The Baby-Sitters Club is an American comedy-drama web television series on Netflix. It is an adaptation of American children fiction writer Ann M. Martin’s novels of the same name. People who have watched the show will realize that there is a massive difference in the setting, the storyline of the series, and the book. The novels are set in the 1980s, and the show is set in the modern world, some 40 years after the events of the book.
Netflix’s The Baby-Sitter’s Club has gone through a few creative changes to strike a chord with the audience in today’s time. So, here are the most visible differences between the novel series and the television show.
The Television Show is Set in the Modern World
Since the novels are set in the 1980s and the setting of the show is in 2020, there will be a massive difference in the visuals of the show. The style of talking and gadgets used in the 20th and 21st centuries will be completely different. For example, all the kids will now have a mobile phone instead of a wired landline. One classic example is that of the discussion which takes place in the group regarding a competing Baby-Sitters club. Whereas the novels showcase that the vice president of the Baby-Sitters Club has a landline, which also becomes the club’s number.
The books addressed a lot of severe issues, and the show has expanded them completely. The show deals with the topic of transgender acceptance. This particular topic is addressed in the episode titled “Mary Anne Saves the Day”. In the episode, Mary Anne is babysitting a girl named Bailey. In Bailey’s room, Mary Anne sees a cupboard full of boy clothes and realizes that a little girl is a transgender person. The makers did a fantastic job of portraying Bailey’s character with a set of supporting, loving parents and a babysitter who bonded irrespective of the kid’s identity.
Making new friends can be terrifying for kids in high school. So, when May Anne is outcast in school for telling her parents that her friends troubled her, she had to eat lunch all by herself in recess. The silver lining of this issue was that Mary Anne found a friend in Dawn, a fellow schoolmate who decided to sit with her and eat lunch. The two become best of friends, and Anne also goes on to become a member of the Baby-Sitters Club.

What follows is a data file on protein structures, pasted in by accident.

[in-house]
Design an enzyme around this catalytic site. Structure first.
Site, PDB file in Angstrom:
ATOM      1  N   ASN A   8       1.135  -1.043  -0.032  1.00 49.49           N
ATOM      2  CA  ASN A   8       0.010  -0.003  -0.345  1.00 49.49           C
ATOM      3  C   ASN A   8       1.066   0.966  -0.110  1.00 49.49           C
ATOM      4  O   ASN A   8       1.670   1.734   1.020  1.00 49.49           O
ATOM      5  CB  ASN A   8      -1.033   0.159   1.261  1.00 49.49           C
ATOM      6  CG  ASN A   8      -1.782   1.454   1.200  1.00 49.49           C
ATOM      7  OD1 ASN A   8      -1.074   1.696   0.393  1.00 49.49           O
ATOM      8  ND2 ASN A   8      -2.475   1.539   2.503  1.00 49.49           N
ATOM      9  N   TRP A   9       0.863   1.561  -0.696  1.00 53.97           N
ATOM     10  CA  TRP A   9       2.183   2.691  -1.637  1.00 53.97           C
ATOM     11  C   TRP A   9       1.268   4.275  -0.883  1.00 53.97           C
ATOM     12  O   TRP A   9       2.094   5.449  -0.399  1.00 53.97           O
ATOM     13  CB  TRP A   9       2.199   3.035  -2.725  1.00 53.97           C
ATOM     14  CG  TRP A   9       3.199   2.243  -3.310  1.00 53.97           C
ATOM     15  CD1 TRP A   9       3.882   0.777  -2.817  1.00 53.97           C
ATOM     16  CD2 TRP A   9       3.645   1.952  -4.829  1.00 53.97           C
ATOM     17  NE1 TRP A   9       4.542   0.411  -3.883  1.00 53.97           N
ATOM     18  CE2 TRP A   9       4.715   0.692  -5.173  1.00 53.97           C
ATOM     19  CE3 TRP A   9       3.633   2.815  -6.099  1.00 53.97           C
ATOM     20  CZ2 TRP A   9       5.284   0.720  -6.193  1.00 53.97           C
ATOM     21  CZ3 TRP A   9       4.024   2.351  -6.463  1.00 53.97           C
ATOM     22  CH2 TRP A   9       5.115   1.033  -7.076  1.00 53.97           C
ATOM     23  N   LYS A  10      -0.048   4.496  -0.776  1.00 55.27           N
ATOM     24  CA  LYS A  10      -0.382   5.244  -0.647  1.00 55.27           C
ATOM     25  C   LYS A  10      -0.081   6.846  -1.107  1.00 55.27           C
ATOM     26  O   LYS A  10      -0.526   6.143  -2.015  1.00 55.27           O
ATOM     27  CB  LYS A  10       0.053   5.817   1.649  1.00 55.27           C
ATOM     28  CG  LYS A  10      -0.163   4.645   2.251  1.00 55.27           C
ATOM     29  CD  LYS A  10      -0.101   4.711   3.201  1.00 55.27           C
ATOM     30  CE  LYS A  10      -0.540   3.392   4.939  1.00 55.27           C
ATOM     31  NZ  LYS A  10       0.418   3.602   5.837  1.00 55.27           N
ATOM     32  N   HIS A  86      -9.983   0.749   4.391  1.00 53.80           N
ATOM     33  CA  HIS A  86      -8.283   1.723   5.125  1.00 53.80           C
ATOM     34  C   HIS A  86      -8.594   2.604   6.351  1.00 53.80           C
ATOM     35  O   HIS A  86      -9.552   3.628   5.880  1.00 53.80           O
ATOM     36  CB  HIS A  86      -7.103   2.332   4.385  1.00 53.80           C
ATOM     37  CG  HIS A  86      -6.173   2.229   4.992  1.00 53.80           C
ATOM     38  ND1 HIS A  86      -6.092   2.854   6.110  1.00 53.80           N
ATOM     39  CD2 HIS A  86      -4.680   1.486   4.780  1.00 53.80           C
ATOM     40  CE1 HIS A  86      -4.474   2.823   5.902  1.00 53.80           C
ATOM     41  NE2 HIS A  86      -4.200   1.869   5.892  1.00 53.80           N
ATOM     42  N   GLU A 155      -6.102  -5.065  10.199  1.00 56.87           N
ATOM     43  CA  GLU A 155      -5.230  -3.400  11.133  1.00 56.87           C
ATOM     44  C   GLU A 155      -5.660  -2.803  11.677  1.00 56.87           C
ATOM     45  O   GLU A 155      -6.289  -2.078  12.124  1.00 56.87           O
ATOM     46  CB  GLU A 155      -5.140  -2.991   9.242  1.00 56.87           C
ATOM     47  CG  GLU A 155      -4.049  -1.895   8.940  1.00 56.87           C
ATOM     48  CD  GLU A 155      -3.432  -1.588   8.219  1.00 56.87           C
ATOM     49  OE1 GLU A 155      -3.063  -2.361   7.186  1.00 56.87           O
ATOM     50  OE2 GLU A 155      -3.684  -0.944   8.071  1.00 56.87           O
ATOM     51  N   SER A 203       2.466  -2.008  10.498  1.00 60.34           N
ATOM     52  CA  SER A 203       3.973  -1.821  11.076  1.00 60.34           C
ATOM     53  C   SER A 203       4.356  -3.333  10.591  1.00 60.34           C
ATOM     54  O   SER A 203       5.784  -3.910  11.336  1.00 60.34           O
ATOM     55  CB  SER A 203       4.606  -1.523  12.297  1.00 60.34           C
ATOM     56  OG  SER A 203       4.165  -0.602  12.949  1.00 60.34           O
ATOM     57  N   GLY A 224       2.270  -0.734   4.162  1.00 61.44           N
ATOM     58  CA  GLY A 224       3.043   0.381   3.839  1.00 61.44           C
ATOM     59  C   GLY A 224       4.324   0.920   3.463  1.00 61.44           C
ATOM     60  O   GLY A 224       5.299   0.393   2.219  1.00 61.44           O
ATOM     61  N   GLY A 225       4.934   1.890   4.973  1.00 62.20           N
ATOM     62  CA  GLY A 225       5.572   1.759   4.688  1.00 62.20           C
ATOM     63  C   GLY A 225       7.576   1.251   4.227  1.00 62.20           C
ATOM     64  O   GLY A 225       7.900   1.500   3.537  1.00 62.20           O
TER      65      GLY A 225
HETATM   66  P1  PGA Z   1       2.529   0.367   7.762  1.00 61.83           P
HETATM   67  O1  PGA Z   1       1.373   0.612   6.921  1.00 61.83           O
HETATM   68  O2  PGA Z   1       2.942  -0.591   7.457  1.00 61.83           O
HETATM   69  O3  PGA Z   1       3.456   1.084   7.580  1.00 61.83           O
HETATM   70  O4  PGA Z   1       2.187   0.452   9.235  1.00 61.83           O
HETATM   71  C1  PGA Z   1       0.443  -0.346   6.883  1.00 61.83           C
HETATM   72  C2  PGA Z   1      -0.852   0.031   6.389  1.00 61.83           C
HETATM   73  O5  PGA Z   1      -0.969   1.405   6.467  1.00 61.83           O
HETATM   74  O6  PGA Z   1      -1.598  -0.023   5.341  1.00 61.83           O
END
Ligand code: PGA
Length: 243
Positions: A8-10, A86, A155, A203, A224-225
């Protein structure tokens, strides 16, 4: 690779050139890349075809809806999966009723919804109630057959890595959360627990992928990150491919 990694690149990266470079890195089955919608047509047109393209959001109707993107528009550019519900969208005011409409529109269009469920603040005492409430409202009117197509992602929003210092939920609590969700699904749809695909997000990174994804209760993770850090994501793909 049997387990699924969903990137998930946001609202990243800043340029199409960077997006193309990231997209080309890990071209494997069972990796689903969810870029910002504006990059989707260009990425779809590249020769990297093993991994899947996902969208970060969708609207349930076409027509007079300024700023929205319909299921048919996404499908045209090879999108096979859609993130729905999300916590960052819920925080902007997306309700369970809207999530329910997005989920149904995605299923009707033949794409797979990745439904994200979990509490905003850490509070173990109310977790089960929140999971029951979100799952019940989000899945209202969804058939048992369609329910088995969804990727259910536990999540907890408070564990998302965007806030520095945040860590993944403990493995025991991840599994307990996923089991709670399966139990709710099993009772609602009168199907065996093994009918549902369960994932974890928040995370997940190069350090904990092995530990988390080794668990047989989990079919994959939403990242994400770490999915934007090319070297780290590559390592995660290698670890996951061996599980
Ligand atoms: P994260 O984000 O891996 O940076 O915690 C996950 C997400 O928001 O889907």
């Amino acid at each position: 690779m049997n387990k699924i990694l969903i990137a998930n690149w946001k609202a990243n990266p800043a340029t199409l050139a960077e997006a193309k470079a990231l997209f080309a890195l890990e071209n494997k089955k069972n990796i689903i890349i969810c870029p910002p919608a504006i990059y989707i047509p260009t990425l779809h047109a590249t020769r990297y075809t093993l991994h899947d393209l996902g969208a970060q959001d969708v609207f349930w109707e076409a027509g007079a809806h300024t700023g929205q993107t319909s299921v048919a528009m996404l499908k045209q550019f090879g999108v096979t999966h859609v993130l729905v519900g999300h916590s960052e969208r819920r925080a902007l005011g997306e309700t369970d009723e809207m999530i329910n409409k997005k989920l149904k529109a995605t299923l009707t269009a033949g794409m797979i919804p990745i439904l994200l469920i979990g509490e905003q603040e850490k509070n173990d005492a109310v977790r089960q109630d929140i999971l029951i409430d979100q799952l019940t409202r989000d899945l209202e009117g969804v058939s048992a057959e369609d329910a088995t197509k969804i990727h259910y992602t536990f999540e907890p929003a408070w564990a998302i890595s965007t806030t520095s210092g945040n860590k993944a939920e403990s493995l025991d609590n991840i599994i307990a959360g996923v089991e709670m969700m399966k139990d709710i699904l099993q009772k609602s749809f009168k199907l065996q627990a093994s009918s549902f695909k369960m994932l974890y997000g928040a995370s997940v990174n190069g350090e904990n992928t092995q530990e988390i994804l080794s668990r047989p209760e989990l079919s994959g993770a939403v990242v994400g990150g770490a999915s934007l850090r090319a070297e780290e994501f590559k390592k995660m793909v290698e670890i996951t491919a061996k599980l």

A Difference in the Story of the Book and the Show’s Season 1
The storyline of the books and television is mostly the same. But the overall story arc of the books is different as compared to the order of the episodes in season 1. This is quite evident after the first five episodes of the show. The 6th book in the novel series titled Kristy’s Big Day has been portrayed as the 8th episode in season 1. Another example is episode 9, titled ‘Hello, Camp Moosehead.’ This episode is the second book being portrayed on screen.
The Baby-Sitters Club television show also answers a few questions. The most evident example that can be highlighted is the question of why Dawn’s parents got divorced. The books only scrape through this topic. In the television show, it is revealed that Dawn’s parents got divorced because her dad conveyed that he was gay.
One of the most important things is that in the book, the club’s meeting starts at 5:30. In the show, viewers can see Mary Ann wanting to leave the meeting and go at 5:20. This is a clear indication that changes have been made in the show as compared to the book. One probable reason is that the episodes have a run time of 25-30 minutes, and the makers had to cover a lot of details from the books within this time frame.
John Martin is a Norton expert and has been working in the technology industry since 2002. As a technical expert, she has written technical blogs, manuals, white papers, and reviews for many websites such as norton.com/setup.